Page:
In conclusion, I have a report as follows:
A - The Submarine Attack: - This was anticipated, and before making my dispositions for the night, I carefully considered in collaboration with Com. Alleyn, R.C.N, the question of evasive steering, but in view of the fact that some neutrals were in the convoy, and were unlikely to have the diagrams, and the all important fact that a large portion of the convoy was not present at the conference, coupled with the great difficulty of making signals already mentioned, convinced me that it was undesirable to attempt it. I relied on the presence of well stationed local escort and the fact that my flanks and rear were well protected. Also, the night was clear, sea calm, and the visibility was good.
B - The Air Attack: - again this was anticipated, though certainly not in such force as was experienced in the 2nd attack. Against such attacks as these, it is impossible for the Commodore to take any precautionary or safeguarding measures.
On my last return voyage, Convoy under my command was accompanied through the danger area by H.M.S. Crispin. I mention this because on that occasion the presence of approaching aircraft was reported several minutes before planes were actually sighted. The regretted loss of this valuable vessel on a subsequent occasion has proved a serious handicap to Commodores, and I submit for favourable consideration that similar vessels may be placed in service for convoy protection against air attack. Their powerful armament, and their powers of detection give a sense of security greatly appreciated by all. May I further submit that as many ships as possible be immediately equipped with A.A. guns. As to the protection which may be afforded by our own aircraft, I hesitate to put forward any suggestions, knowing full well that this matter is engaging the most earnest attention of the Government and the Lords Commissioners of the Admiralty, but it would appear that if German machines can and do attack our convoys at ever increasing distances from their bases, that we too must bring into service aircraft operating in sufficient numbers to bring into action the attacking enemy formations before they get within striking distance of our convoys.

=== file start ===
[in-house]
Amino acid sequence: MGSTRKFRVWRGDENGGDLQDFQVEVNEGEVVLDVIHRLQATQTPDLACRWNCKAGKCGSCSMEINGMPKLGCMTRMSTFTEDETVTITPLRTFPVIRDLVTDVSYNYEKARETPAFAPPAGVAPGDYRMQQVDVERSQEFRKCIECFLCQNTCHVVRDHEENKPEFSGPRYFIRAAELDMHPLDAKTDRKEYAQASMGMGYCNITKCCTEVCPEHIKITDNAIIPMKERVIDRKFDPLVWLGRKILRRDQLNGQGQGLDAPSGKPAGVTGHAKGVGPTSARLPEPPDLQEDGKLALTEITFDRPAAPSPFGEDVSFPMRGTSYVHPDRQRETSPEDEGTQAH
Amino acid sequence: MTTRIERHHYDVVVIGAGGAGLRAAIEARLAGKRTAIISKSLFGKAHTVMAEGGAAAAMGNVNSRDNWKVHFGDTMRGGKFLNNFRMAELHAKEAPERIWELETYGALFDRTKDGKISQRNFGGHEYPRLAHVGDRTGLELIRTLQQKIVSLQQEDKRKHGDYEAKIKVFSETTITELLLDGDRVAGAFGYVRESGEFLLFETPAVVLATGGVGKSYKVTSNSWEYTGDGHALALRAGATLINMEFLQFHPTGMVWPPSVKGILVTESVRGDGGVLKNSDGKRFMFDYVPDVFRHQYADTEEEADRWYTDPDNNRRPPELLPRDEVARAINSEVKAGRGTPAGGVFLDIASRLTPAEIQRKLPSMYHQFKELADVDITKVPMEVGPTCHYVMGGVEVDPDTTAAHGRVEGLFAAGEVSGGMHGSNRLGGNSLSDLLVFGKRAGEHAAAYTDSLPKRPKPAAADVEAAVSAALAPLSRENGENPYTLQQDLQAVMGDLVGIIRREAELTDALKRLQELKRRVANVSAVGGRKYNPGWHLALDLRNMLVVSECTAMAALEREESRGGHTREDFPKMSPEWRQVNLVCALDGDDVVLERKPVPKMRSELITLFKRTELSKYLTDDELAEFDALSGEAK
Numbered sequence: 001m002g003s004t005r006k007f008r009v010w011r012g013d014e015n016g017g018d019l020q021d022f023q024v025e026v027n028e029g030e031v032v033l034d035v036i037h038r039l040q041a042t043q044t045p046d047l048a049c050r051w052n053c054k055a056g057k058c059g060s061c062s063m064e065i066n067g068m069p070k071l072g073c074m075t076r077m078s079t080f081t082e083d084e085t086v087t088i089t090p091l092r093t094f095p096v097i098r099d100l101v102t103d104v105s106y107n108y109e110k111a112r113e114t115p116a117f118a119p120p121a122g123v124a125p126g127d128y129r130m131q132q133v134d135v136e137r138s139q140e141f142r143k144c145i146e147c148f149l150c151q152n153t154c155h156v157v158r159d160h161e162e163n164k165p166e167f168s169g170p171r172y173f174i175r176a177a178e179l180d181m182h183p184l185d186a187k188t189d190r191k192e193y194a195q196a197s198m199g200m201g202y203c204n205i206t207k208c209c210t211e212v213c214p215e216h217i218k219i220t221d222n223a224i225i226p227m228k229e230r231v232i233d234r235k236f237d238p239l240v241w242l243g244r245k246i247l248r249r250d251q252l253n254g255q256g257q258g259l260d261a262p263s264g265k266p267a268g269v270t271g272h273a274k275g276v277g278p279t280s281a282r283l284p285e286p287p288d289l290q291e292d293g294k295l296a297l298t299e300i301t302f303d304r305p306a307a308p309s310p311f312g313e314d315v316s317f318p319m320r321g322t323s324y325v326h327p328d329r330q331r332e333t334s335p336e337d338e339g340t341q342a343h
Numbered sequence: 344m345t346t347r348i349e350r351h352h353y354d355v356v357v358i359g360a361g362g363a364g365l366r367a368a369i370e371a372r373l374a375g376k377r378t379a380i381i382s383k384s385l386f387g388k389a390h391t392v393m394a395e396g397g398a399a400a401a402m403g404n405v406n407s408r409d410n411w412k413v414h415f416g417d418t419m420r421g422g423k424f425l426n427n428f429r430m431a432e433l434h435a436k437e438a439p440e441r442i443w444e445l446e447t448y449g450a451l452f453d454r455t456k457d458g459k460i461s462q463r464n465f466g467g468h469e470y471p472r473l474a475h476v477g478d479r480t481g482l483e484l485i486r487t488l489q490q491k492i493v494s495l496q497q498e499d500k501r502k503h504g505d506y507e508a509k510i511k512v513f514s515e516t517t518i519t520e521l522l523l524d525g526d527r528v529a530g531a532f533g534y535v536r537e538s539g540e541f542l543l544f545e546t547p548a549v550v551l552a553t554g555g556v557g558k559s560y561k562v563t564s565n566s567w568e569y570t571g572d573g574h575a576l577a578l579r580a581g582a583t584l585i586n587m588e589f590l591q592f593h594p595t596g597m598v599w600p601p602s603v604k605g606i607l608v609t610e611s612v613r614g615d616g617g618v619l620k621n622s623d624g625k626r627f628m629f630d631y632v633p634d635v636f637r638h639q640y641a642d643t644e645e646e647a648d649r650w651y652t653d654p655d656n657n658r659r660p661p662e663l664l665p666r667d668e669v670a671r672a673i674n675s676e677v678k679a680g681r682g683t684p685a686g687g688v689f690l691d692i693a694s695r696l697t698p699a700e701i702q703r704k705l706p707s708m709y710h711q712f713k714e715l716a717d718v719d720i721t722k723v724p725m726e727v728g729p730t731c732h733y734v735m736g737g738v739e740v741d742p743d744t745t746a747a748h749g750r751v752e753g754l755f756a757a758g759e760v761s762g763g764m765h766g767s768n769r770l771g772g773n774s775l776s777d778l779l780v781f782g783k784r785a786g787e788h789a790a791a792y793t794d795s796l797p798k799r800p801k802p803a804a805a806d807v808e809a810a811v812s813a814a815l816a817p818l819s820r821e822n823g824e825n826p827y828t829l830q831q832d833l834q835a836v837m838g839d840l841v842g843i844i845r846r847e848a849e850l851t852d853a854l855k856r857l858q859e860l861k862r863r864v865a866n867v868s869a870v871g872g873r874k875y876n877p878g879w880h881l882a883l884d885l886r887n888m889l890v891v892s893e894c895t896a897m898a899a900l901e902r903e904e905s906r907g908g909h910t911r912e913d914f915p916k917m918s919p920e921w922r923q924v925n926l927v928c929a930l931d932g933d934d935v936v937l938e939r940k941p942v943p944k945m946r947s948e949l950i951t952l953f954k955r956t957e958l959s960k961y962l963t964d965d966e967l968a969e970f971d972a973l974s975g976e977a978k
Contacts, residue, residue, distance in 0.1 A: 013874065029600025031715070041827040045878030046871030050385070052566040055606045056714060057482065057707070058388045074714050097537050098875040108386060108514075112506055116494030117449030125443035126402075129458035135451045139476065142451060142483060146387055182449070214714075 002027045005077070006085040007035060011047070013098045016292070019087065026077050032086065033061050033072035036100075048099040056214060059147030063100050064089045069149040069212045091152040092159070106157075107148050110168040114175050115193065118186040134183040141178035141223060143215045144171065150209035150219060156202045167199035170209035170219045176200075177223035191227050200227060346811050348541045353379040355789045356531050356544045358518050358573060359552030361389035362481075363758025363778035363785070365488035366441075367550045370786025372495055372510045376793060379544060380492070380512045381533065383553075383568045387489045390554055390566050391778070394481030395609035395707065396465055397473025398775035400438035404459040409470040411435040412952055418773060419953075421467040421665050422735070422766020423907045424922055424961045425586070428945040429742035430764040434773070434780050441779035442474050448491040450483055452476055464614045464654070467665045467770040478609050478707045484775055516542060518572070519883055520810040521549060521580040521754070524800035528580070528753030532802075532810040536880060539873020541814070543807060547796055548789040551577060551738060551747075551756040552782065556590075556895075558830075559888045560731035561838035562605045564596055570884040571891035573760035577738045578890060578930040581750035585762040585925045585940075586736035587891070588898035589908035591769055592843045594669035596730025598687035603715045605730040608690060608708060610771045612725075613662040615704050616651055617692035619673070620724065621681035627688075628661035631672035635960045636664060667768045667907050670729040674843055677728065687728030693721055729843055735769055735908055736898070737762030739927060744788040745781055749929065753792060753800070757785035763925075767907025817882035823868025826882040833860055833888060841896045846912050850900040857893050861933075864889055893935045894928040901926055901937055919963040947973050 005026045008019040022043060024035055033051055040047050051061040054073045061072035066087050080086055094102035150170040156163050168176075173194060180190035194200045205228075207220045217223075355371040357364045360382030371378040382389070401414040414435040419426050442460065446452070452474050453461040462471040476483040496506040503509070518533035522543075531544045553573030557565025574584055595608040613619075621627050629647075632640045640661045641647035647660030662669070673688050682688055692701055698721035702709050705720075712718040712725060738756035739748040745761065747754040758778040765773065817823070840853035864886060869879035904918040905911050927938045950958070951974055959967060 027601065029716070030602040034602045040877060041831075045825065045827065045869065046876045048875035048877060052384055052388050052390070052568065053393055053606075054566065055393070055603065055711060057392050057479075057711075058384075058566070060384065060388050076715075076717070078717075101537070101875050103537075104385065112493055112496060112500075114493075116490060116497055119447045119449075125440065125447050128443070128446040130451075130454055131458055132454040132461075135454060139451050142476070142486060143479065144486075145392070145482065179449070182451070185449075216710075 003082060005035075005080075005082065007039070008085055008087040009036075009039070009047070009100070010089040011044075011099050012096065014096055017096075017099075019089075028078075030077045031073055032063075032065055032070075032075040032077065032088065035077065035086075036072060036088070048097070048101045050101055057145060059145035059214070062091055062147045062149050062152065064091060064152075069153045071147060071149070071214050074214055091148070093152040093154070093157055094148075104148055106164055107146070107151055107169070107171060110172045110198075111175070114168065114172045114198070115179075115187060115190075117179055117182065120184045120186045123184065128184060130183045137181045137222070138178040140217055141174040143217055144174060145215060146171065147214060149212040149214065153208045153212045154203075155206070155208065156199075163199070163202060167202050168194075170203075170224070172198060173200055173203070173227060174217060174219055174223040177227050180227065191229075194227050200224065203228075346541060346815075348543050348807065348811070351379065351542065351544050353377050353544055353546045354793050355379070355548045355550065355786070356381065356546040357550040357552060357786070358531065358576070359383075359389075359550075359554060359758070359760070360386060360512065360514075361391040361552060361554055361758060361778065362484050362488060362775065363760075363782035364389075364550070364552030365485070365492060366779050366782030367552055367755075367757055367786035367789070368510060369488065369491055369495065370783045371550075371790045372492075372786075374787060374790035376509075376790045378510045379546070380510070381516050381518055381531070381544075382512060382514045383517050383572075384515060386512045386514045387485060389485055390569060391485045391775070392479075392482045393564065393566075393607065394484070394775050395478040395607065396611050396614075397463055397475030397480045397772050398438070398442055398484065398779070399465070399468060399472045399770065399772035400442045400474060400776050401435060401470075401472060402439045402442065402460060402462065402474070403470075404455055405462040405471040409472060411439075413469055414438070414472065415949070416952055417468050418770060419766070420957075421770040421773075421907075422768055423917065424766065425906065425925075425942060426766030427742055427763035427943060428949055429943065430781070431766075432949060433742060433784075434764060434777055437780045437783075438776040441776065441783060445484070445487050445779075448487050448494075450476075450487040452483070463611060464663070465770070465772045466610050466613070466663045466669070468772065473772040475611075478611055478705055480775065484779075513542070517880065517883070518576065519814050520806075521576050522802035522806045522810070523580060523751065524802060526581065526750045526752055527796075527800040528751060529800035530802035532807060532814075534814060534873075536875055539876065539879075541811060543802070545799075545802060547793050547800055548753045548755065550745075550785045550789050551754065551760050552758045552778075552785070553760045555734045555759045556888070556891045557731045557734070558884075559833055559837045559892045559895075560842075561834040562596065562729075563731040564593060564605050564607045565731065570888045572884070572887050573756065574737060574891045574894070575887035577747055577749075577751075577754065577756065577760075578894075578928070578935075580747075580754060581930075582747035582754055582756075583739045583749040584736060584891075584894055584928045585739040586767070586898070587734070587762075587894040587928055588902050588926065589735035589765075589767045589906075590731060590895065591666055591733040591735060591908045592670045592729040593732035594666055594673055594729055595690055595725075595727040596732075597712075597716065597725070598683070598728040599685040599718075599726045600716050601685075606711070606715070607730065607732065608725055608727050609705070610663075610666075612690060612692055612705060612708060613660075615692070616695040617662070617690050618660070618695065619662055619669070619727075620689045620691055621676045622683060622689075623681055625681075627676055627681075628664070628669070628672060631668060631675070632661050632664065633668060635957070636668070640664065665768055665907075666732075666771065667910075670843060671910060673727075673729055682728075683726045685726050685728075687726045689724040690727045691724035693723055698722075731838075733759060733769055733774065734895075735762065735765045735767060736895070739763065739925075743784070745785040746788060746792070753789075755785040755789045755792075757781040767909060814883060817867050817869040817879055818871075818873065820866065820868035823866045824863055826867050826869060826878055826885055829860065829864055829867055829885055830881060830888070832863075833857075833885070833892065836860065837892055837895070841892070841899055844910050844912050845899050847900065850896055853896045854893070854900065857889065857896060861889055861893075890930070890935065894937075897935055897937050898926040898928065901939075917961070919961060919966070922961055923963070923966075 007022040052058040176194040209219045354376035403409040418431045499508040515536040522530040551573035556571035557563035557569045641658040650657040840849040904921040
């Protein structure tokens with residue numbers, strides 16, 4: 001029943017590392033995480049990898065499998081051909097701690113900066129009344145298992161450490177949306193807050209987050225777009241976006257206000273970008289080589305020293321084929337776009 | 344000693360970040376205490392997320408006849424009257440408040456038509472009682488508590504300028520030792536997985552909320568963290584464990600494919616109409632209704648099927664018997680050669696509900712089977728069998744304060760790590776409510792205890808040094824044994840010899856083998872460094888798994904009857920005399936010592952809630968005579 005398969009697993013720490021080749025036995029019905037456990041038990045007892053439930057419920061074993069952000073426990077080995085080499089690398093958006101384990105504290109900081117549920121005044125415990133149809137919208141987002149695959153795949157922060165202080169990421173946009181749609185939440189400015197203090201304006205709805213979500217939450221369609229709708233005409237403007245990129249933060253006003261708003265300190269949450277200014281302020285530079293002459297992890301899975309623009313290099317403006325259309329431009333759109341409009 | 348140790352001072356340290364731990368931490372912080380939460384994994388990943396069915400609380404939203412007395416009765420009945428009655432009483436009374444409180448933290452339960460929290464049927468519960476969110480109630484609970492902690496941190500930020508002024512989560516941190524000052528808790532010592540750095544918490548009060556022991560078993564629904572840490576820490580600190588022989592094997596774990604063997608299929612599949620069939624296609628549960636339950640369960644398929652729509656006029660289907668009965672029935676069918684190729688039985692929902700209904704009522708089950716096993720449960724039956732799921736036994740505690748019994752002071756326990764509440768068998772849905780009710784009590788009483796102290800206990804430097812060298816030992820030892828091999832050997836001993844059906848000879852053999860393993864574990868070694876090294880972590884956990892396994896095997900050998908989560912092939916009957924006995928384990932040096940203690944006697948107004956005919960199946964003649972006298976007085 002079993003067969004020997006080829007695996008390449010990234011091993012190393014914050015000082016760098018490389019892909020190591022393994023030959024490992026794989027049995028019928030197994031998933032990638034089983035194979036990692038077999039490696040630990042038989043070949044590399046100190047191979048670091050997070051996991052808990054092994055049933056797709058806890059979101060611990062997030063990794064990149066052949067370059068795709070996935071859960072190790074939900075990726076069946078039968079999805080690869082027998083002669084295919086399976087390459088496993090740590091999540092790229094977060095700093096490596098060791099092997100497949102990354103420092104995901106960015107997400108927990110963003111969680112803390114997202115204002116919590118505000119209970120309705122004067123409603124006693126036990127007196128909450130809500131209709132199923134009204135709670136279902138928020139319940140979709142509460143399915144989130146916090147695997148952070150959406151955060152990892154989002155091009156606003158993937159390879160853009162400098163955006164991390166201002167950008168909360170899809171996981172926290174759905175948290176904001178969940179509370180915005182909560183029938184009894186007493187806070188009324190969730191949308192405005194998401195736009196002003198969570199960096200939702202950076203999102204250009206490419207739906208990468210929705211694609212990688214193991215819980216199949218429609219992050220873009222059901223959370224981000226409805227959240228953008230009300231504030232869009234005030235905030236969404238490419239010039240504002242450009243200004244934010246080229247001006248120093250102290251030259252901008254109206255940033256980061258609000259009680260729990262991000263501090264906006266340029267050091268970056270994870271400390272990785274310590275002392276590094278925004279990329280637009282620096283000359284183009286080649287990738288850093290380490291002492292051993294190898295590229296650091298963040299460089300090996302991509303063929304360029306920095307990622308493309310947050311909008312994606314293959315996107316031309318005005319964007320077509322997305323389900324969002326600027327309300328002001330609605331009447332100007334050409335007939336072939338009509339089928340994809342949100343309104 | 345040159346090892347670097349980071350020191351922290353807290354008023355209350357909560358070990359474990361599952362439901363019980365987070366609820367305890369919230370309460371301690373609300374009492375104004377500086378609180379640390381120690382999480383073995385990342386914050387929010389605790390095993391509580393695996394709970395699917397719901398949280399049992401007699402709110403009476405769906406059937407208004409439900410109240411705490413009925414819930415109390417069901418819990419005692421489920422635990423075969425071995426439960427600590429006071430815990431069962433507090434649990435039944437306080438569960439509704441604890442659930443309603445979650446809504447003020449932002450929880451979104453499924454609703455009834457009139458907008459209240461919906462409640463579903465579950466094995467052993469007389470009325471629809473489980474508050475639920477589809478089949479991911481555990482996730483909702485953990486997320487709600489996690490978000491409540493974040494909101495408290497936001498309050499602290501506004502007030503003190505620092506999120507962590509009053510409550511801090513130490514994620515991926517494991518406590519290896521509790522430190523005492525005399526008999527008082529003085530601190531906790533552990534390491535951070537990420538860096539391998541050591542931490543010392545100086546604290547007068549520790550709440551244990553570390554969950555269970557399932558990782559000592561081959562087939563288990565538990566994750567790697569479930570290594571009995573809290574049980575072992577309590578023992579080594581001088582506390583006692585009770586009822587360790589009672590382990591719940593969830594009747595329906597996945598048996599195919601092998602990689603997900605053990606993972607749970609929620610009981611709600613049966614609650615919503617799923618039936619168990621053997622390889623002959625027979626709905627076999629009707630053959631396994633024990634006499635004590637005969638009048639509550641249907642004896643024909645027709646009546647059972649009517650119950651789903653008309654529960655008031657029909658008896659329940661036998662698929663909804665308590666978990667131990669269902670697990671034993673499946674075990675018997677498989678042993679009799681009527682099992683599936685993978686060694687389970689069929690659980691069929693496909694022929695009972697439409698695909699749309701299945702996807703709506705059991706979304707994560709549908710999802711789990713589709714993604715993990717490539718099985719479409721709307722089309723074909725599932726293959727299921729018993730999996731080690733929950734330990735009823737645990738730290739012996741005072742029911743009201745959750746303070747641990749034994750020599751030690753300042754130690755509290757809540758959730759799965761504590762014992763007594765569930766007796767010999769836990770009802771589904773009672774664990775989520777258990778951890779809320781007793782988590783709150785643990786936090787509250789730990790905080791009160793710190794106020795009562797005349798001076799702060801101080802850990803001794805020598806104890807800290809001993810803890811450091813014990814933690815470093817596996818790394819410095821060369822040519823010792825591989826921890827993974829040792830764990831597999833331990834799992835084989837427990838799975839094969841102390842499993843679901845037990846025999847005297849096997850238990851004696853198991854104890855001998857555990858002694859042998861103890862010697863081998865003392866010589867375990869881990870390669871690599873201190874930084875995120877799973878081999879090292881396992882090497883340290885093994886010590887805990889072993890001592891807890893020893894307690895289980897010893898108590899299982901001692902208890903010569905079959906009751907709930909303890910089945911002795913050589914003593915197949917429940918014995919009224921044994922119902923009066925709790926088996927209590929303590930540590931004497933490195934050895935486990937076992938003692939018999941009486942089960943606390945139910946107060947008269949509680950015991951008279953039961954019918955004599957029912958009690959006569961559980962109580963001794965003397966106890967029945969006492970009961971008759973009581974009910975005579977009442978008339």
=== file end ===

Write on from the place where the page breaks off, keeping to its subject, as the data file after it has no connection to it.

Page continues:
(Both the above reports were kindly sent to me by Ron Granath, Canada).
It appears Admiral Hornell later wrote to the Norwegian Consul suggesting the Royal Norwegian Government be informed of the devotion to duty of the Master and several of the crew of Samuel Bakke.
The Dutch Amstelland (1died)
Ships sunk or damaged by U-47, Febr. 26:
D/S Borgland in convoy station 35 (survivors picked up by HMS Pimpernell - follow link for more information)
Rohwer also lists the British Baltistan from this convoy as lost, sunk by the Italian submarine Bianchi on Febr. 27.
Other ships mentioned by Hornell as being in this convoy were the British Melmore Head, the British Sovac and the Swedish Gdynia. Unfortunately, I do not have a complete list of ships taking part.
To the next available OB convoy in my list OB 318